Waiting for the dust to settle: Conservation tillage cropping systems in the San Joaquin Valley

Tom Barcellos of T-Bar Dairy/Barcellos Farms in Porterville is a believer in conservation tillage, and it wasn’t a hard sell. Barcellos has been named the 2006 Conservation Tillage Farmer Innovator by the University of California Agriculture and Natural Resources Conservation Tillage (CT) Workgroup at its annual conference Oct. 19 in Five Points.

Conservation tillage is a process in which growers reduce plowing. In 2001, Barcellos tried conservation tillage on 70 acres of his 1,850-acre farm. This new process drew a lot of interest from neighboring farmers who debated the usefulness of the method.

But, Barcellos was enthusiastic about the results he was seeing. He decided to try 320 acres during the first trial year. “Before using conservation tillage, I had to do a lot more double cropping in the summer. I had five tractors making up to 10 passes through the field. Now, in the summer when I double crop, I use one tractor. I’m saving money on fuel and labor.”

Often farmers using conservation tillage also plant cover crops underneath the main crop or between two different crops to cover and protect the soil. Cover crops have additional benefits according to the species planted. For instance, legumes enrich the soil with nutrients, while plants with strong, deep roots break up compacted soil. In the low-rainfall regime of the San Joaquin Valley, farmers may benefit more from cover cropping in combination with conservation tillage to maintain soil fertility, as opposed to conservation tillage alone.

Continued >> Barcellos has planted up to 5,000 acres on his own farm. He also planted for neighbors who had not yet invested in the new equipment required for no-till on their farms. “Now, conservation tillage is more the standard than the exception. Even though I use Roundup, we’re actually spraying less, and I have equal or better crops. I have less dust and less exhaust because of reducing the number of tractors used. One thing I tell every farmer is that this is not a recipe. It’s a guideline. A farmer knows his own ground. You develop the mindset that you’re not running as much equipment so now you have time to look at water and spray timings.”

The availability of herbicide-tolerant crops, increased fuel prices, access to better conservation tillage, Global Positioning System technology, and environmental air quality issues are leading to an increased interest in conservation tillage systems in the San Joaquin Valley. 

Some advantages of conservation tillage are that crops use water more efficiently, the water-holding capacity of the soil increases, and water losses from runoff and evaporation are reduced. However the effectiveness of conservation tillage varies considerably with crop type, agronomic practices, and growing conditions.

To encourage participation, the Natural Resources Conservation Service pays up to $30 per acre for CT production to eligible growers who apply for the Environmental Quality Incentives Program (EQIP) cost-share funds. The EQIP provides a voluntary conservation program for farmers and ranchers that promotes agricultural production and environmental quality with incentives for participants.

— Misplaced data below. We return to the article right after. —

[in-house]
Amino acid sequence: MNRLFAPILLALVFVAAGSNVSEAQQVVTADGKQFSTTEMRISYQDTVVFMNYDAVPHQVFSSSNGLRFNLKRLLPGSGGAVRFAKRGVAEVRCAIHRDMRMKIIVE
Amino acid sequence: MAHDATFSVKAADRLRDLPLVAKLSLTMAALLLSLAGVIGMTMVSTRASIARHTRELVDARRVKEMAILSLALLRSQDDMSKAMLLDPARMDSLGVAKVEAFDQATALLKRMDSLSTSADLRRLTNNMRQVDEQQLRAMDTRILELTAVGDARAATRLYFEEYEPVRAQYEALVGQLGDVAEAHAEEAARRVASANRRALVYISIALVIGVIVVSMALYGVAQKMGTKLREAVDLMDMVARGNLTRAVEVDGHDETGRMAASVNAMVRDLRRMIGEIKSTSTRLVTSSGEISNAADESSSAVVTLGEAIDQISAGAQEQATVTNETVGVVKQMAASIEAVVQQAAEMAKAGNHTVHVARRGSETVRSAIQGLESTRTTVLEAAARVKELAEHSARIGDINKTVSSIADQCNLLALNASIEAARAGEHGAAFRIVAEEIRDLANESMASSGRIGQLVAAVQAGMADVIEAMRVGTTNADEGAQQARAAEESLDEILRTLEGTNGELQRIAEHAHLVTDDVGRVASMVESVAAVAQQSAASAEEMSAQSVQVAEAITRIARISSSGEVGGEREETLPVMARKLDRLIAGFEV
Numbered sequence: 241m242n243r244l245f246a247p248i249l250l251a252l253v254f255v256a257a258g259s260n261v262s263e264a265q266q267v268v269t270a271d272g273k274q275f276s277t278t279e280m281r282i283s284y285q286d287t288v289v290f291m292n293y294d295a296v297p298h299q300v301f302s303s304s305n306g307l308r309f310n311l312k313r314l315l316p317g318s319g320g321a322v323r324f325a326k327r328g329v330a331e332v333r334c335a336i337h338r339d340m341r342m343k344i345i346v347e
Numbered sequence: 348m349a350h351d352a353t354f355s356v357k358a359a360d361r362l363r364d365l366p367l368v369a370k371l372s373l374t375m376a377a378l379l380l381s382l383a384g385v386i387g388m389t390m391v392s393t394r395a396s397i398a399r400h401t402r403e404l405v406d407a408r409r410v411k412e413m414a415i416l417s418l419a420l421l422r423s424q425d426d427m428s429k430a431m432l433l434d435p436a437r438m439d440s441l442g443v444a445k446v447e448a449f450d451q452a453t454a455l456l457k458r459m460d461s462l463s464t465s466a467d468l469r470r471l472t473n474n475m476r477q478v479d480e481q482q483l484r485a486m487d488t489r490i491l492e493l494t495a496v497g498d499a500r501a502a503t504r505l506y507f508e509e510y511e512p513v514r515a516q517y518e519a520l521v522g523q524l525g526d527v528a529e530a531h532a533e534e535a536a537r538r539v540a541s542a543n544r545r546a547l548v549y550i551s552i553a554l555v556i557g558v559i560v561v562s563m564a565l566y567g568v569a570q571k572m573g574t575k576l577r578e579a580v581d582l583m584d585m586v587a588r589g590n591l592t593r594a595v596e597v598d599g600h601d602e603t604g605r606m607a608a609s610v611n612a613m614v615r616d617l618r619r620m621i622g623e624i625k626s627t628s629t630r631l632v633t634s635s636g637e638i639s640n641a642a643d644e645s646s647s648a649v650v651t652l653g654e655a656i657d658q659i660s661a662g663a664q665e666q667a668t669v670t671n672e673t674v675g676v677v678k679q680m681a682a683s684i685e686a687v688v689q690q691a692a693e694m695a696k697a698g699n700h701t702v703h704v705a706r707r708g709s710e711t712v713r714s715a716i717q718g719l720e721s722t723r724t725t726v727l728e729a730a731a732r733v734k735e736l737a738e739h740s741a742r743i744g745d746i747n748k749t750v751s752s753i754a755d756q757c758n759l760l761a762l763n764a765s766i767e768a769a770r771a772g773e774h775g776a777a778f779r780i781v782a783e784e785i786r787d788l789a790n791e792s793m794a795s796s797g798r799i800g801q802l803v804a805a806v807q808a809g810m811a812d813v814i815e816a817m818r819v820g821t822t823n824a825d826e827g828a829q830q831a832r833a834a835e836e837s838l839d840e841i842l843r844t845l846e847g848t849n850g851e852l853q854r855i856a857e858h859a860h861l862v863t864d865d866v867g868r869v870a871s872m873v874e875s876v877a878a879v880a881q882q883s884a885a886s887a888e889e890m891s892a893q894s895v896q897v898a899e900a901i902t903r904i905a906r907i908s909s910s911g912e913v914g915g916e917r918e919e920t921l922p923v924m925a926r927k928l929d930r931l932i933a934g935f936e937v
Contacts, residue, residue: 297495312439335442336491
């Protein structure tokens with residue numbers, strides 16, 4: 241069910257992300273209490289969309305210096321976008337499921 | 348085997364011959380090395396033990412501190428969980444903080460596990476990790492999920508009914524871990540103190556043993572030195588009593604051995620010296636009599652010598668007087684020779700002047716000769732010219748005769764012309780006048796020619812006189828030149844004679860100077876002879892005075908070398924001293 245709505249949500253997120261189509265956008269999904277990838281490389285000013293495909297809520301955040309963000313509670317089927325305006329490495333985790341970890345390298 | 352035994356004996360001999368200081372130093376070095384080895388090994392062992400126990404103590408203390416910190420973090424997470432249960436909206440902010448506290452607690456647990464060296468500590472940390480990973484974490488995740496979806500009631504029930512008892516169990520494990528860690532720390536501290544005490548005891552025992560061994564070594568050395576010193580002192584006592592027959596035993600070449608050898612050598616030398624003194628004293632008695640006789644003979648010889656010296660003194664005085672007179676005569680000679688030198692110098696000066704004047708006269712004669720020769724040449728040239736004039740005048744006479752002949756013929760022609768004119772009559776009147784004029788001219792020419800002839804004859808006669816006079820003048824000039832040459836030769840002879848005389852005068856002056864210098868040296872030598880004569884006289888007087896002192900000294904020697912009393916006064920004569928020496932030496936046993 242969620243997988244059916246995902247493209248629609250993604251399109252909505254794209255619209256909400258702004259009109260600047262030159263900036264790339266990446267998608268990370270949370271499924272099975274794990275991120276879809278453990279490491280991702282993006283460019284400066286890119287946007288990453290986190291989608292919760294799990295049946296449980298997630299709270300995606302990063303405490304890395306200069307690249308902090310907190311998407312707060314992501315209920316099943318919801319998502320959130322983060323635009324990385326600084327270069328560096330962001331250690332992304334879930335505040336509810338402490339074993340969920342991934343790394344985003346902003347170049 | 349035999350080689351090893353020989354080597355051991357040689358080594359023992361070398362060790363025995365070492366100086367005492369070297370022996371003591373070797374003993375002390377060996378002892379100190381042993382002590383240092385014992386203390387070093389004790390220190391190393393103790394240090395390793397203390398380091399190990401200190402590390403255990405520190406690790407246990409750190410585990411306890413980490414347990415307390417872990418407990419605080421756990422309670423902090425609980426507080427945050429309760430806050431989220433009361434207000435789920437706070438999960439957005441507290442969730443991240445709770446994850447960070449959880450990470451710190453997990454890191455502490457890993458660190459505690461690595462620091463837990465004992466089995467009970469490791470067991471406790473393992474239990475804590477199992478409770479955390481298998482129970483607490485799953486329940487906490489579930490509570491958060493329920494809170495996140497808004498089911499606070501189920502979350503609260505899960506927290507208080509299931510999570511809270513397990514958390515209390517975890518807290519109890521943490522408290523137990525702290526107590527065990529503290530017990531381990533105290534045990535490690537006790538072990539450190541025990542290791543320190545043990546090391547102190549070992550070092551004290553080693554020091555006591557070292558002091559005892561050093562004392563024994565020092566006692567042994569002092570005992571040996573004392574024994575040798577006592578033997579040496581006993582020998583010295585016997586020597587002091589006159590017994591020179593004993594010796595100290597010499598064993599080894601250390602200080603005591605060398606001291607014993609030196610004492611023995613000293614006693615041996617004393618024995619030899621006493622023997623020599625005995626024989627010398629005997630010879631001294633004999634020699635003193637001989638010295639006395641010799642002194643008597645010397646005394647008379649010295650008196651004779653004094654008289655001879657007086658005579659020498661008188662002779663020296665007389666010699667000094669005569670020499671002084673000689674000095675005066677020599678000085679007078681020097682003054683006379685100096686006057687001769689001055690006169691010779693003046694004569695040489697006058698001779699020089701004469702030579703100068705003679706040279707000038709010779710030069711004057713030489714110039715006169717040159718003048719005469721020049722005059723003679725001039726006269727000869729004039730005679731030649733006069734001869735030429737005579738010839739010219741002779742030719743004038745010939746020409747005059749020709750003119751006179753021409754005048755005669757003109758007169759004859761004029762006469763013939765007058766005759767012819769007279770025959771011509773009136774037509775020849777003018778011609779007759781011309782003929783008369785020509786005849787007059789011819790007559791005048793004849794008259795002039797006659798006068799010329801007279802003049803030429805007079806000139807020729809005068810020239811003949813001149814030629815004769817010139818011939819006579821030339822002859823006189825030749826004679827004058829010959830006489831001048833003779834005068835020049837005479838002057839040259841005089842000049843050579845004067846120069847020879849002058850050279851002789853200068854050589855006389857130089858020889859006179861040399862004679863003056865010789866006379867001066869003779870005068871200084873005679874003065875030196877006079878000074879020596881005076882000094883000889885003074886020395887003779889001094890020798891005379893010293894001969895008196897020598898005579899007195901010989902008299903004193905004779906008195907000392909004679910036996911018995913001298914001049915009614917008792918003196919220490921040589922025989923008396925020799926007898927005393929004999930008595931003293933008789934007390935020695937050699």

Conservation Management Plans, now required by the San Joaquin Valley Unified Air Pollution Control District, list Roundup Ready and the reduction of cultivations as practices acceptable in dust reduction. However, tillage has been an important weed management tool in agricultural cropping systems. 

Although there are many benefits to conservation tillage, there are also concerns. “Any reduction in tillage intensity or frequency poses serious concerns for weed management that include weed species shifts (changes in the types of weeds), increased weed densities, and associated crop yield losses,” says Anil Shrestha, UC IPM weed ecologist. “These are some of the major reasons for the lack of widespread adoption of conservation tillage systems.” 

Shrestha has been working with other members of the UC ANR CT Workgroup on conducting research and demonstrations, and in disseminating information on weed management issues on various CT systems in forage corn, cotton, tomato, small grains, and blackeye bean cropping systems in the San Joaquin Valley.

In some of these cropping systems, Shrestha has noticed shifts in weed species found in a field.  “I fear that reliance on a single herbicide mode of action year after year could lead to the evolution of herbicide-resistant weeds, particularly in those cropping systems that use herbicide-tolerant crops,” he says.

Rotating herbicide modes of action and crops, integrating mechanical cultivation to manage certain weed species such as annual morningglory and field bindweed, and minimizing weed seed returns could be effective strategies for the success of CT systems, says Shrestha.

The CT Workgroup currently consists of more than 80 UC Cooperative Extension, Agricultural Experiment Station, USDA Agricultural Research Service, and Natural Resource Conservation Service personnel, private industry, farmers, and student members and affiliates. The group conducts a wide range of research studies, demonstration evaluations, and conferences throughout San Joaquin, Sacramento, Salinas, and Coachella Valley production regions. For more information, see The Conservation Agriculture Systems Innovation Web site.

Next article >> Helping Chinese farmers